As I wrote in my recent HBR article, a few Web-centric companies like Zynga, eBay, and Netflix are also deeply embracing the Cloud. So we see this approach to computing taking off in companies that don’t have much of an installed base of IT, and in a few older companies that perceive a sea change.
Most of the rest of the incumbents are holding back and being very cautious about the Cloud. They think it’s immature and insecure, they don’t perceive its great benefits but clearly see the massive costs of untangling their legacy spaghetti to the point that it’s Cloud-ready, and they have great difficulty justifying walking away from on-premise hardware and software, lots of which is fully depreciated, in order to write monthly checks to Cloud vendors.
The incumbents’ perspective is not ludicrous. In fact, it makes a lot of sense. Which is exactly why it’s potentially so dangerous. American industry went through a remarkably similar transition a century ago, and it didn’t end well at all for established firms.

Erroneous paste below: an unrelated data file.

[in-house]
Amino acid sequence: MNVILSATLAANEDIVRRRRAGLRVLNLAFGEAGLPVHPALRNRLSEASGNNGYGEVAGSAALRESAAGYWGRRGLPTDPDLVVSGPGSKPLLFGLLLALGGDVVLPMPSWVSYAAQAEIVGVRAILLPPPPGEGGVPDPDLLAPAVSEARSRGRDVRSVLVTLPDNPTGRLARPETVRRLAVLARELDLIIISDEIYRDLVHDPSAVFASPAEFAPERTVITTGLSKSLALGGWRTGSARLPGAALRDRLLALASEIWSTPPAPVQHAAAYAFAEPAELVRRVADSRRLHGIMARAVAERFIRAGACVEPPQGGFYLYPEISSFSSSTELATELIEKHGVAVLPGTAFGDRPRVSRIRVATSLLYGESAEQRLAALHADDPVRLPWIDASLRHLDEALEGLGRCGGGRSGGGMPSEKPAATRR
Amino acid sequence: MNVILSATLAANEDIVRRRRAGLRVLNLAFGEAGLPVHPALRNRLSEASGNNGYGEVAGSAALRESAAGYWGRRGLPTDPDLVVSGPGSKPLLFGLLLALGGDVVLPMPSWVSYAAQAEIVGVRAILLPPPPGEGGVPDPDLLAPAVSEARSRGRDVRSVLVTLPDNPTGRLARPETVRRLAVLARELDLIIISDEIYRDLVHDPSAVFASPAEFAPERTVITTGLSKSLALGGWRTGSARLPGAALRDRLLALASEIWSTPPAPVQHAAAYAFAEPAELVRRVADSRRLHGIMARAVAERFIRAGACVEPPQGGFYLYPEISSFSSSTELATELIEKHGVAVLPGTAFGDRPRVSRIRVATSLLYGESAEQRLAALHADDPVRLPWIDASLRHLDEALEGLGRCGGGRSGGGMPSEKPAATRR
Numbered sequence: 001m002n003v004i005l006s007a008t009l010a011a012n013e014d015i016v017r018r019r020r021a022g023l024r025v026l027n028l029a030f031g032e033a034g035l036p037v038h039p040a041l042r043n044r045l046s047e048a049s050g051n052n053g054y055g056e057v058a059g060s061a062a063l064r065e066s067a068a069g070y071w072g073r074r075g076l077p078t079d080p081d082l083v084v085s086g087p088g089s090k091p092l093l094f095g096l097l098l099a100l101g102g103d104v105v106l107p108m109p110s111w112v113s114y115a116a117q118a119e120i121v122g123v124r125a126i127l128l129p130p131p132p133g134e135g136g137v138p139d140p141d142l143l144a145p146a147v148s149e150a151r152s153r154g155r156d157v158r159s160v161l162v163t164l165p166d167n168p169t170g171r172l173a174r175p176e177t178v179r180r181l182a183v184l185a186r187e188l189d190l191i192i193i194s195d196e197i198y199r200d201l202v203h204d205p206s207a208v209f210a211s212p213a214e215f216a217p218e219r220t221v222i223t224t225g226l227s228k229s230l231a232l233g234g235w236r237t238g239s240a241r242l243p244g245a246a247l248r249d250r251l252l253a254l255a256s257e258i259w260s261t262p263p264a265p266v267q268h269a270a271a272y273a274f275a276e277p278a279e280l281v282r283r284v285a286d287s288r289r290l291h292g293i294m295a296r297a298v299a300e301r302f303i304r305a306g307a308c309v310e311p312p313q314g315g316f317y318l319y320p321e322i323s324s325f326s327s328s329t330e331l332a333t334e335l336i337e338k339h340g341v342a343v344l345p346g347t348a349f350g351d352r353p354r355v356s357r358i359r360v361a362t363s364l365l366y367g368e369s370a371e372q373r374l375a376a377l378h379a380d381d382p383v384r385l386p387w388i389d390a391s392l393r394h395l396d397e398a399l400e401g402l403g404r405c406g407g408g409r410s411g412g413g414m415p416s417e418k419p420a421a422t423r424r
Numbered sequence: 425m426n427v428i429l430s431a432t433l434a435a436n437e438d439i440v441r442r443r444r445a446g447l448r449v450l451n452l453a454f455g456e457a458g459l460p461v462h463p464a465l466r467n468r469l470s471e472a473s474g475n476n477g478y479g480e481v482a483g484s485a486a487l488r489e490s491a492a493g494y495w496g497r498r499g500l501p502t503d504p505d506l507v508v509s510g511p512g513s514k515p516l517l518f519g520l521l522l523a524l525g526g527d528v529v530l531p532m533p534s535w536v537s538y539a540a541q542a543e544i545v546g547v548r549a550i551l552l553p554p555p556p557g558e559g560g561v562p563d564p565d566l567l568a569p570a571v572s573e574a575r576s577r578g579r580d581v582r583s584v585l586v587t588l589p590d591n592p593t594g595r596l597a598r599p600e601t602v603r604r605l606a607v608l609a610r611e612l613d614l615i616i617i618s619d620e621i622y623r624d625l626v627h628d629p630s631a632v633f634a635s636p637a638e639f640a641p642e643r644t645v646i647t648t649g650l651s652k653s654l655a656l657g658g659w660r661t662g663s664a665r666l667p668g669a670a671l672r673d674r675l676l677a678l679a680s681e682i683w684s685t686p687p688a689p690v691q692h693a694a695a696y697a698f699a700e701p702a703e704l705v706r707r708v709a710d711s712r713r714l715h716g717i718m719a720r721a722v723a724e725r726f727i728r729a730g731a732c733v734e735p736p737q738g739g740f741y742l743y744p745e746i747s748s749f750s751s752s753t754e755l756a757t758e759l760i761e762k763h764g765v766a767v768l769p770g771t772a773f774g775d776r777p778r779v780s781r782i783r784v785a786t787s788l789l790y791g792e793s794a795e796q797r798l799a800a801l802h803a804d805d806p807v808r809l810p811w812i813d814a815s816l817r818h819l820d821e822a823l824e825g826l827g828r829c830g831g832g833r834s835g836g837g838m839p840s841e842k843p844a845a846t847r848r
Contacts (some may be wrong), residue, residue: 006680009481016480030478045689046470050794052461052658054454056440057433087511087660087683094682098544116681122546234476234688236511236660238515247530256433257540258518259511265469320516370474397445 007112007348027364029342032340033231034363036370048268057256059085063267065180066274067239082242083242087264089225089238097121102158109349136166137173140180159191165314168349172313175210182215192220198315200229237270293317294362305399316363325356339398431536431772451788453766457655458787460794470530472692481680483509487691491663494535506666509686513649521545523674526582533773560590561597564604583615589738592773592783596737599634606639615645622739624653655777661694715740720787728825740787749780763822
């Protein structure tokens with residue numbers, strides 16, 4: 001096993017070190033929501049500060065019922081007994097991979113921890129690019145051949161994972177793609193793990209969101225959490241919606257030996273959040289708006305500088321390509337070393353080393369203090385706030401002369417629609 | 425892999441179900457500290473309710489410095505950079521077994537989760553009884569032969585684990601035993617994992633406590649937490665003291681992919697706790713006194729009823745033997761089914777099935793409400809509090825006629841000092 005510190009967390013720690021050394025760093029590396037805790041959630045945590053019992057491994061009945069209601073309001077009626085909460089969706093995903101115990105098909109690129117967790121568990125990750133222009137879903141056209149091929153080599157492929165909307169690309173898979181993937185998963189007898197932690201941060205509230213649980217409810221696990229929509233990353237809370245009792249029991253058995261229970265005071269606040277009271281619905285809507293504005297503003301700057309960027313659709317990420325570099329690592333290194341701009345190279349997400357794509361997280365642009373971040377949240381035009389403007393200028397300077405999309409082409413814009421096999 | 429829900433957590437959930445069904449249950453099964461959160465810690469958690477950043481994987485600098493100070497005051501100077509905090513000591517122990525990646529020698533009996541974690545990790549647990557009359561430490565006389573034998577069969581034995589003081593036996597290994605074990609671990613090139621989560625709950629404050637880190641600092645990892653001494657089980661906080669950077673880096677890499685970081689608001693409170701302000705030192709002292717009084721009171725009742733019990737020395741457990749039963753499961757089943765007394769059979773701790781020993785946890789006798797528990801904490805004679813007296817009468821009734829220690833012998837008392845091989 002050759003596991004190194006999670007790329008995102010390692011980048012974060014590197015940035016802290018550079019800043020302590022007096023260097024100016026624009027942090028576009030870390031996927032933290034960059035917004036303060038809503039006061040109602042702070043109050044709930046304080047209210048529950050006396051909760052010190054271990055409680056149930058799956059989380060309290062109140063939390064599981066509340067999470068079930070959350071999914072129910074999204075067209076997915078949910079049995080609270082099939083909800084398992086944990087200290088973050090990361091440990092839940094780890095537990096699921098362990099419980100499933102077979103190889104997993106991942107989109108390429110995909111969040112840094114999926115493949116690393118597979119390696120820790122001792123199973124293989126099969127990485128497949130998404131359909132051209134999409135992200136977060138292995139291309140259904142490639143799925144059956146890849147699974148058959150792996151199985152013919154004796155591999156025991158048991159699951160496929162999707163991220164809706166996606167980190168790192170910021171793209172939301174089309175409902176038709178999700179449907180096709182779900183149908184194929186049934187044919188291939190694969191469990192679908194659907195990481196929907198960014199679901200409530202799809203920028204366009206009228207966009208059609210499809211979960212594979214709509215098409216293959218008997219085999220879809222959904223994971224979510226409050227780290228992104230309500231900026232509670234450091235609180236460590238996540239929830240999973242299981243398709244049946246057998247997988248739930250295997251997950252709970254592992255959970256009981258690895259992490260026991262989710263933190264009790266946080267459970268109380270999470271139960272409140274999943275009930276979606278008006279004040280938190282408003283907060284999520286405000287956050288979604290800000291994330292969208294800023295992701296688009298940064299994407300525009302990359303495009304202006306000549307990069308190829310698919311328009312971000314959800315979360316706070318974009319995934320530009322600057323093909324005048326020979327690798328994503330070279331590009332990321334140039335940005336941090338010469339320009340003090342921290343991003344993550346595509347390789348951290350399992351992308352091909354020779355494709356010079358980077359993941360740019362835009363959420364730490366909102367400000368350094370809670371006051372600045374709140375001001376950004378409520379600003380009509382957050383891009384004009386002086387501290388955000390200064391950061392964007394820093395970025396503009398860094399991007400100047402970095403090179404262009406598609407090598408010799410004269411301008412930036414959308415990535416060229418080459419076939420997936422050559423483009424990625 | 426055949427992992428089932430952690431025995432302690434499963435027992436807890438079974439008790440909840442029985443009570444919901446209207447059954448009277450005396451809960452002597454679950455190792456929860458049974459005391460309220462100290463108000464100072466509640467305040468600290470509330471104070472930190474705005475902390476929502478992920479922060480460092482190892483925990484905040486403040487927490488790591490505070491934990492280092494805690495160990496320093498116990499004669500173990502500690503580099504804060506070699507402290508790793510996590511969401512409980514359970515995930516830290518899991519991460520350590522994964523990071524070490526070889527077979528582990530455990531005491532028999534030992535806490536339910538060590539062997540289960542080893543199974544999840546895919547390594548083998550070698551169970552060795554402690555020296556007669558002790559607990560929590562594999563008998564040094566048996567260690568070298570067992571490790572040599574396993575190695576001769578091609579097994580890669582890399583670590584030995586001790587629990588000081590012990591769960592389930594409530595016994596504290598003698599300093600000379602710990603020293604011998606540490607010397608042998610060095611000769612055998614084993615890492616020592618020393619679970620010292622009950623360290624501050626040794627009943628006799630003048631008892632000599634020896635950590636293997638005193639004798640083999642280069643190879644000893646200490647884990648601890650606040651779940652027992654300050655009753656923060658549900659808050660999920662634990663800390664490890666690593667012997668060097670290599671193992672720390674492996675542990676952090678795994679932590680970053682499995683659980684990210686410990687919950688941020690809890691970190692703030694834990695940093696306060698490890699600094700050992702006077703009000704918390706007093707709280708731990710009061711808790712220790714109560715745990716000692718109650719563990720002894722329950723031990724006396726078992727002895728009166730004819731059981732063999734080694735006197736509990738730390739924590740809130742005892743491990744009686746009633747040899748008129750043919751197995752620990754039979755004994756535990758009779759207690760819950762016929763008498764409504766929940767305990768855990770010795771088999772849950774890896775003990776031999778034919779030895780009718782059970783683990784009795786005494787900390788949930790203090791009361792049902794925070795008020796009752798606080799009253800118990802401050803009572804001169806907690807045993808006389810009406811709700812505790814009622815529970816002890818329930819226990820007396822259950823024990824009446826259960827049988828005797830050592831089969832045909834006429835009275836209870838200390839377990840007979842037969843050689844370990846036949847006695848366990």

A hundred years ago, American factories were in the process of converting from steam to electric power. It was a long, slow, uneven process. And it was led by startup companies and new buildings — the older ones just couldn’t justify the switch to themselves intellectually or financially — it wasn’t clear why electricity was so much better, but it was clear how much it would cost to convert an incumbent.